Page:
For the past ten years, Rigondeaux has fought on only 17 occasions. He has never been defeated. He has undone hard men and made fools of well-rounded professionals such as Nonito Donaire. World champions have refused to fight him. Networks have refused to televise his fights.
Legendary boxing promoter Bob Arum has accused Rigondeaux of putting people to sleep. Never mind that Rigondeaux is arguably a more complete fighter than Floyd Mayweather Junior. That in the boxing ring, he is an artist akin to Van Gogh, Picasso, Renoir and Da Vinci. It seems most people would rather see Van Gogh cut off his ear than watch him paint a masterpiece. The only difference between Floyd Mayweather Jr and Rigondeaux is that Floyd plays a villain on TV (and in real life, some would argue).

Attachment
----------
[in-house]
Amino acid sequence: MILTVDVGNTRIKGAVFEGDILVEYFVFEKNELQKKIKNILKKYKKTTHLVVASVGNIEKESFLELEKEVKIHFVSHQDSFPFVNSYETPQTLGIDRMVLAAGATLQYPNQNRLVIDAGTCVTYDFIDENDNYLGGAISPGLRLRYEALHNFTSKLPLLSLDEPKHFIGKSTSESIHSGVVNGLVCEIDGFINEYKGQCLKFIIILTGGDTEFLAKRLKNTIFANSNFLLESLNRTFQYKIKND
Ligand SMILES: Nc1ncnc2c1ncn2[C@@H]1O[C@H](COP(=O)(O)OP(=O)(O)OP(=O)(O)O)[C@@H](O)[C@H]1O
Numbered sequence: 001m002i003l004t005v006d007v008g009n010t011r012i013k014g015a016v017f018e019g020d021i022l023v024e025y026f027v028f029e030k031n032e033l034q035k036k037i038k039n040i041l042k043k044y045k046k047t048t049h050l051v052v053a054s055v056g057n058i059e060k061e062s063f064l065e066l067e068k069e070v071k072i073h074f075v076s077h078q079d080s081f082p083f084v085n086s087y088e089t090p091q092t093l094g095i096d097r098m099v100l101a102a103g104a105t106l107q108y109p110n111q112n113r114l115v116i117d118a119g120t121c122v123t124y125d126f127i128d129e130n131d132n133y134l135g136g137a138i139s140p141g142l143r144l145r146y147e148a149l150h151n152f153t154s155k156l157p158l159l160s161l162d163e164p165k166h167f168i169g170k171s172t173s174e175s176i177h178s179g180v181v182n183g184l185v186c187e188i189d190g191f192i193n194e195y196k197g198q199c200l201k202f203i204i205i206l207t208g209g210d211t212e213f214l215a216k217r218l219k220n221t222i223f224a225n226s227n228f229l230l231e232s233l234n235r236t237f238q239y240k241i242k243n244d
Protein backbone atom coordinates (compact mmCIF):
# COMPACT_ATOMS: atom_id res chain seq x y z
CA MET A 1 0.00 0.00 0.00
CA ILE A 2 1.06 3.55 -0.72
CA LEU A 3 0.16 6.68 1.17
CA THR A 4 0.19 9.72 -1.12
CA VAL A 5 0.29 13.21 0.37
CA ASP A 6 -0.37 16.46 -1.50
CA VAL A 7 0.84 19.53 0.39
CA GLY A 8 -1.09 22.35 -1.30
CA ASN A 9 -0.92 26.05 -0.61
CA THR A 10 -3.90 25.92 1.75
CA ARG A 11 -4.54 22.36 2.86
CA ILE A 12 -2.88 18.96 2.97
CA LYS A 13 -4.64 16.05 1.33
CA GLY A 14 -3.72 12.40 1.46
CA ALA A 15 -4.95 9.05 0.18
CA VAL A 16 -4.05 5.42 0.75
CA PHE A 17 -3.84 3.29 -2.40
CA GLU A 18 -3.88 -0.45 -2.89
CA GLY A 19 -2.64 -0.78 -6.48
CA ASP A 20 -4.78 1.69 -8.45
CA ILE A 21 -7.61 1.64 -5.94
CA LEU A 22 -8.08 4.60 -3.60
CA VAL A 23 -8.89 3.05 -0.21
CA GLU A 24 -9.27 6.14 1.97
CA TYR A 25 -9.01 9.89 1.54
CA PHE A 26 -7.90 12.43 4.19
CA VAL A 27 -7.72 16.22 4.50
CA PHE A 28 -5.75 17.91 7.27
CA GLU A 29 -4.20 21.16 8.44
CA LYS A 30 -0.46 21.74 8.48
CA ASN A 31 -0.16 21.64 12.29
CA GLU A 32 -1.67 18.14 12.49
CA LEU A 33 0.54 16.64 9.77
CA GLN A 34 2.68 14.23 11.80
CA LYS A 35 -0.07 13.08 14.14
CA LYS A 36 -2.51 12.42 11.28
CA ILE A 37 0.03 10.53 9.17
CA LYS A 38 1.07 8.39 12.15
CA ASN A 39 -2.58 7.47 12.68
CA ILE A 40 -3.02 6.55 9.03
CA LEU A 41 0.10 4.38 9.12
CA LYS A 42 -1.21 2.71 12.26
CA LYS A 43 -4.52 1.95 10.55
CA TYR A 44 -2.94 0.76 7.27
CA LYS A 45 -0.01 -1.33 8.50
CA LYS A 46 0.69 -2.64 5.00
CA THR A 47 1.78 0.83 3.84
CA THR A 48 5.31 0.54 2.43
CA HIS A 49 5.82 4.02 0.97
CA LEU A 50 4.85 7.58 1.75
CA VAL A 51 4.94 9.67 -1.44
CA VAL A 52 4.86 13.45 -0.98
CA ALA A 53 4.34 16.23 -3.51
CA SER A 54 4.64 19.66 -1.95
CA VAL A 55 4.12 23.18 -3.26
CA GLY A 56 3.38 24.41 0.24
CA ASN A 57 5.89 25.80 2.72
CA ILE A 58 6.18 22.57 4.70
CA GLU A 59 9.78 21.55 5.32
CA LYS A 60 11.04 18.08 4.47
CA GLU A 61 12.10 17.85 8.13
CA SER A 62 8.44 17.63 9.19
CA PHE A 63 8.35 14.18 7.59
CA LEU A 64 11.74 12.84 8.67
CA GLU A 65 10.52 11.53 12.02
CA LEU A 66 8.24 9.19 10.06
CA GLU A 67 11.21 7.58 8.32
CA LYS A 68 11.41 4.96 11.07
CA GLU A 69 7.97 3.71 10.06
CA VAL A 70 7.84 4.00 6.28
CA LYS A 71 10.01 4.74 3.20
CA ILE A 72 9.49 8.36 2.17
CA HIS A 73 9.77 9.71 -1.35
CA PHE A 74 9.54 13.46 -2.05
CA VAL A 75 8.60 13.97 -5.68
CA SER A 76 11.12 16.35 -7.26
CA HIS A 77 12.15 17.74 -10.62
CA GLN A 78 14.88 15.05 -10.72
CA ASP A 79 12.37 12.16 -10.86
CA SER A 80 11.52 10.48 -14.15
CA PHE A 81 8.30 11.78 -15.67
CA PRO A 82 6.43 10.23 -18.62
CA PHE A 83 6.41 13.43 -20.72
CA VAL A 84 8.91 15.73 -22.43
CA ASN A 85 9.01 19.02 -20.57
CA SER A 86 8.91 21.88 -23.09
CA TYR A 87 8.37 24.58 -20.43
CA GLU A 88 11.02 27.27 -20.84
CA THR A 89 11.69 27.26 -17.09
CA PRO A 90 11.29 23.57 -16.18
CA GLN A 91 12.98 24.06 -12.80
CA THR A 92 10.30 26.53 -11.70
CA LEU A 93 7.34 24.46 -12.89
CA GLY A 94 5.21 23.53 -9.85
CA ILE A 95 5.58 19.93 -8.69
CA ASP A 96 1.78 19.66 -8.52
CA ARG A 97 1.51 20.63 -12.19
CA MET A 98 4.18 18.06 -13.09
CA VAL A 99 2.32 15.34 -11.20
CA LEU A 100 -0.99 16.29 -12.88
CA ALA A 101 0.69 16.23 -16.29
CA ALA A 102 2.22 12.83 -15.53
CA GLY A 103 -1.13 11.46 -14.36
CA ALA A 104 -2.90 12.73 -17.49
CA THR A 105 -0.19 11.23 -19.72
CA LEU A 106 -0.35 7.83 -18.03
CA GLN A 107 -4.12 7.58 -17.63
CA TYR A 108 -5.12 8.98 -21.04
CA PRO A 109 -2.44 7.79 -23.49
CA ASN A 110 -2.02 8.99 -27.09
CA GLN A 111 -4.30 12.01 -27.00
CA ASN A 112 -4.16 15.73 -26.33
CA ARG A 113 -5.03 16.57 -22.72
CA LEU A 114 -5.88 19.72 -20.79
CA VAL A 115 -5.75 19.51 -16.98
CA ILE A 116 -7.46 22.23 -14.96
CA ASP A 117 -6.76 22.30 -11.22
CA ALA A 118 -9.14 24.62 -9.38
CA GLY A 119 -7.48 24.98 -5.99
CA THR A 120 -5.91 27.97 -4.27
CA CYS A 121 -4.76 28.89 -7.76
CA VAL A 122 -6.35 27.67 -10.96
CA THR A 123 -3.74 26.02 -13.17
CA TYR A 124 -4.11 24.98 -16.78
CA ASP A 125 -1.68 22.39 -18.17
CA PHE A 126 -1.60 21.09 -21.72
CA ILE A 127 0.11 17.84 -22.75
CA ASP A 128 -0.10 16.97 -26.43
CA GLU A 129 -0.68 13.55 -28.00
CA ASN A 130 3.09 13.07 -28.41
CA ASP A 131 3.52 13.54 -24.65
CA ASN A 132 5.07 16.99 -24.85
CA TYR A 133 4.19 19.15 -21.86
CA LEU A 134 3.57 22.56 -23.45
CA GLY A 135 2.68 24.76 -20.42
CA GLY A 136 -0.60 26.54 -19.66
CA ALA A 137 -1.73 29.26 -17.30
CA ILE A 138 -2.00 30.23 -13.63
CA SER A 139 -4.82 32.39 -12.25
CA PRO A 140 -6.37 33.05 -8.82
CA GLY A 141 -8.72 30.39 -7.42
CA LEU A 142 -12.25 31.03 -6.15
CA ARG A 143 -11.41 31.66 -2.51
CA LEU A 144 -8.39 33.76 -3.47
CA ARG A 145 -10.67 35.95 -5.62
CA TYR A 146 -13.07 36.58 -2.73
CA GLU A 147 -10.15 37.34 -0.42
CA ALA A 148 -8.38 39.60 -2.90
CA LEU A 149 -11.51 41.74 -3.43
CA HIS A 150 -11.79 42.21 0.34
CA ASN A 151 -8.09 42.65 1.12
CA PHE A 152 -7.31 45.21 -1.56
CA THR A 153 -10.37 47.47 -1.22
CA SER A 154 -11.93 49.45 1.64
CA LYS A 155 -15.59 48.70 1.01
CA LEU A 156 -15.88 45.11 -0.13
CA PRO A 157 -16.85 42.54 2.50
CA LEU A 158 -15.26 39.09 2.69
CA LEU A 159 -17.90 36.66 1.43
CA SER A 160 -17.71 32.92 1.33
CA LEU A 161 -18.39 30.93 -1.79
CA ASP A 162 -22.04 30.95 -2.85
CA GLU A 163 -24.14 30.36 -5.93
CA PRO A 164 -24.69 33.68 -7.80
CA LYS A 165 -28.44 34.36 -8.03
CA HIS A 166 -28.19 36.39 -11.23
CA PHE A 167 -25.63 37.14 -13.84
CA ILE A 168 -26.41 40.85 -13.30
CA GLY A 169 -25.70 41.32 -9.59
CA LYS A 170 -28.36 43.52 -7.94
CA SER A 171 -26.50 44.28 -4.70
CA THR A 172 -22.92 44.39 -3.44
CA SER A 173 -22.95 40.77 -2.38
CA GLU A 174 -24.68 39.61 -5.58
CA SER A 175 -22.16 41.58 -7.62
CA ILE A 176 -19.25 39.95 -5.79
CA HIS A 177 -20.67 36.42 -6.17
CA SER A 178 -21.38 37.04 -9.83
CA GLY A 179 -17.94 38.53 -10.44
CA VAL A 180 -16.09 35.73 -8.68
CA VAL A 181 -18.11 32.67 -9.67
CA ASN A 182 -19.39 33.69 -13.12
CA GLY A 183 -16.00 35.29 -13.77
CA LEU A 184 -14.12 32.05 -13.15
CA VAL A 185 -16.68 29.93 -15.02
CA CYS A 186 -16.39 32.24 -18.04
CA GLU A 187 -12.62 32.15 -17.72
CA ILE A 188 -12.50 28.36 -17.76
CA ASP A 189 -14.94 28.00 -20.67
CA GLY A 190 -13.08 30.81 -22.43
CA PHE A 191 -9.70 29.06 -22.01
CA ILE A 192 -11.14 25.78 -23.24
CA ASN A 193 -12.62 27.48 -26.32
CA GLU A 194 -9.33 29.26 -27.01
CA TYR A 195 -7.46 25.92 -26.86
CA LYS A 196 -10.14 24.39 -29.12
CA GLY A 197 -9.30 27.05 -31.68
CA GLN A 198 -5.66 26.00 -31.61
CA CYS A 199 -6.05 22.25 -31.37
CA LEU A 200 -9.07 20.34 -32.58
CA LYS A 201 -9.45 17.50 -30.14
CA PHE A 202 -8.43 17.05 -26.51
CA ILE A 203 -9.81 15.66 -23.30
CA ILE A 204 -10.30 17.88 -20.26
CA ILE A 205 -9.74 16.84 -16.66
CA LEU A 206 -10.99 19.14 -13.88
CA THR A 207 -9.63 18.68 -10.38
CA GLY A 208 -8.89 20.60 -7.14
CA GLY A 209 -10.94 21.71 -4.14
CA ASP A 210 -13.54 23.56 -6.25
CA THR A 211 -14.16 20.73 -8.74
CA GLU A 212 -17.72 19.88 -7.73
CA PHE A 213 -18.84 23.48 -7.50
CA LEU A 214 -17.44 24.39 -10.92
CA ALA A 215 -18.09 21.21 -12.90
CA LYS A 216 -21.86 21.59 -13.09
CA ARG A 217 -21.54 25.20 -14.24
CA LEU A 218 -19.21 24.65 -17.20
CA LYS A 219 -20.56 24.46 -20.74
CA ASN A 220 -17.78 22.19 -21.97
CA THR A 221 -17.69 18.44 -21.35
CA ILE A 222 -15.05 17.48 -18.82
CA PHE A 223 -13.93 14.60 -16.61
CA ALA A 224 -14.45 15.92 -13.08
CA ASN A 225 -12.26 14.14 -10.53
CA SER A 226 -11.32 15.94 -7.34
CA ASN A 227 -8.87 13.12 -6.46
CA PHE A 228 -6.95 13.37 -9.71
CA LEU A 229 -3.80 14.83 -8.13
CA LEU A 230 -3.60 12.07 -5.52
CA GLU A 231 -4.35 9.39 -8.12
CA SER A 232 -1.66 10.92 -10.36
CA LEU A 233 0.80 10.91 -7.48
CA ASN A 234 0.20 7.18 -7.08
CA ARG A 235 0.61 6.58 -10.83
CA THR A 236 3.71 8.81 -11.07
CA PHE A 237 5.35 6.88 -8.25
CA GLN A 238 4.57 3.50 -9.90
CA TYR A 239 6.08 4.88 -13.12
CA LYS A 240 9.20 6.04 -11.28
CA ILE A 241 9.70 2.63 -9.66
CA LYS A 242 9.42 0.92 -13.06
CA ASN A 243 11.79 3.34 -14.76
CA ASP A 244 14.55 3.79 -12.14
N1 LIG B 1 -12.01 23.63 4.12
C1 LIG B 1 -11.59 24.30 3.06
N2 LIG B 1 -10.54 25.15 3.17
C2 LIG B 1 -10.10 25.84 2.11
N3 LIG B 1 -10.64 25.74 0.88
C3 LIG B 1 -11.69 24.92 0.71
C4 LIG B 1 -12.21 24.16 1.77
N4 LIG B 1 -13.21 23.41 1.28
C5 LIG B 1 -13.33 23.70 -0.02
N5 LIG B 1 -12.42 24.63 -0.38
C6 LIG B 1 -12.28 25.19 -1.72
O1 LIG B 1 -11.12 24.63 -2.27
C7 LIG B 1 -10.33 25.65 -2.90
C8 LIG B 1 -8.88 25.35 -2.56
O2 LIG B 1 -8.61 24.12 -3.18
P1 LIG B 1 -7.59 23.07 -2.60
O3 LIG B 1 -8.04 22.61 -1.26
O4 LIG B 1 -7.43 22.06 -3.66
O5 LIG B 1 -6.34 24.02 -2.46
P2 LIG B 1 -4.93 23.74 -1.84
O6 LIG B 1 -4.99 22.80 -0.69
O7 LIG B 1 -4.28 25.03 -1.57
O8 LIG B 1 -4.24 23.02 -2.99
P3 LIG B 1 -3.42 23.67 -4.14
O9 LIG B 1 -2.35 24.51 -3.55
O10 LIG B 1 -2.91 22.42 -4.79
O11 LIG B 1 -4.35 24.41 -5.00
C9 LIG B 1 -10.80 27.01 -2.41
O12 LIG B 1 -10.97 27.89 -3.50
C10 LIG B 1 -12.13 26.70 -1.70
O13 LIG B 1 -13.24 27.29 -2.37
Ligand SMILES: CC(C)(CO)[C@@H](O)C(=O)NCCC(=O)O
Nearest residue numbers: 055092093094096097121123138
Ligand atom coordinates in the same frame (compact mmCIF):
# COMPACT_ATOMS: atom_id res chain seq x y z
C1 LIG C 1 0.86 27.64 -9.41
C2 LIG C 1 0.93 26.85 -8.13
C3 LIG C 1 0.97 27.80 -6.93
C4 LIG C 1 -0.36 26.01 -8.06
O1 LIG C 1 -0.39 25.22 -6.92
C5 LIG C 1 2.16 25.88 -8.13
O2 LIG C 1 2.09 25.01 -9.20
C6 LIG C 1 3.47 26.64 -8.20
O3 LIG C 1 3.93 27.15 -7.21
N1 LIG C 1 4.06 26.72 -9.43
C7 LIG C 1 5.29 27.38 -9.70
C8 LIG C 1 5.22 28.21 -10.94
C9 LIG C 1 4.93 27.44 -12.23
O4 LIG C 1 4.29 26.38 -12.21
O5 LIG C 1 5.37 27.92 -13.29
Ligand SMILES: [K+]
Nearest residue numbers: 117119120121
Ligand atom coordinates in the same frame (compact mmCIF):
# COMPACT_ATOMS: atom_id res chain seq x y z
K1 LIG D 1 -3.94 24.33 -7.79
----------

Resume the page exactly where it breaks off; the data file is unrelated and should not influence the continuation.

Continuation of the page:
Prediction and breakdown
If Lomachenko has fast hands, then Rigondeaux's fists are like quicksilver. In technique and skill, Loma stands across perhaps the only man on the planet who is his equal. Like Lomachenko, Rigondeaux is a southpaw. Thus endeth the similarities.
Where Loma prefers to attack, Rigo chooses to stand his ground and sharpshoot, giving his opponents a target and making them pay every time they miss (which is more than often). While Rigondeaux has the advantage of speed, reach and style (a defensive master almost always beats an aggressive puncher), Lomachenko is the younger, naturally larger fighter. And in boxing, the old adage goes thus: A good big man always beats a good little man.
The question is, how much of a size advantage does Lomachenko have? While Rigondeaux isn't impossible to hit — he has been knocked down on occasion — he is damned difficult to hit repeatedly. Can Lomachenko outbox and outfight Rigondeaux, who is a defensive master?
Also, Rigondeaux is 37. All sports are cruel to aging men. The reflexes go. The eyesight goes. Movements become a fraction slower. But no sport is as cruel as boxing, where a sustained beating can maim you and ruin the rest of your life. Will the eight-year age gap tell? I’d say yes, but I wouldn't stake my life on it.
Prediction: Vasyl Lomachenko wins a 'controversial' decision over Guillermo Rigondeaux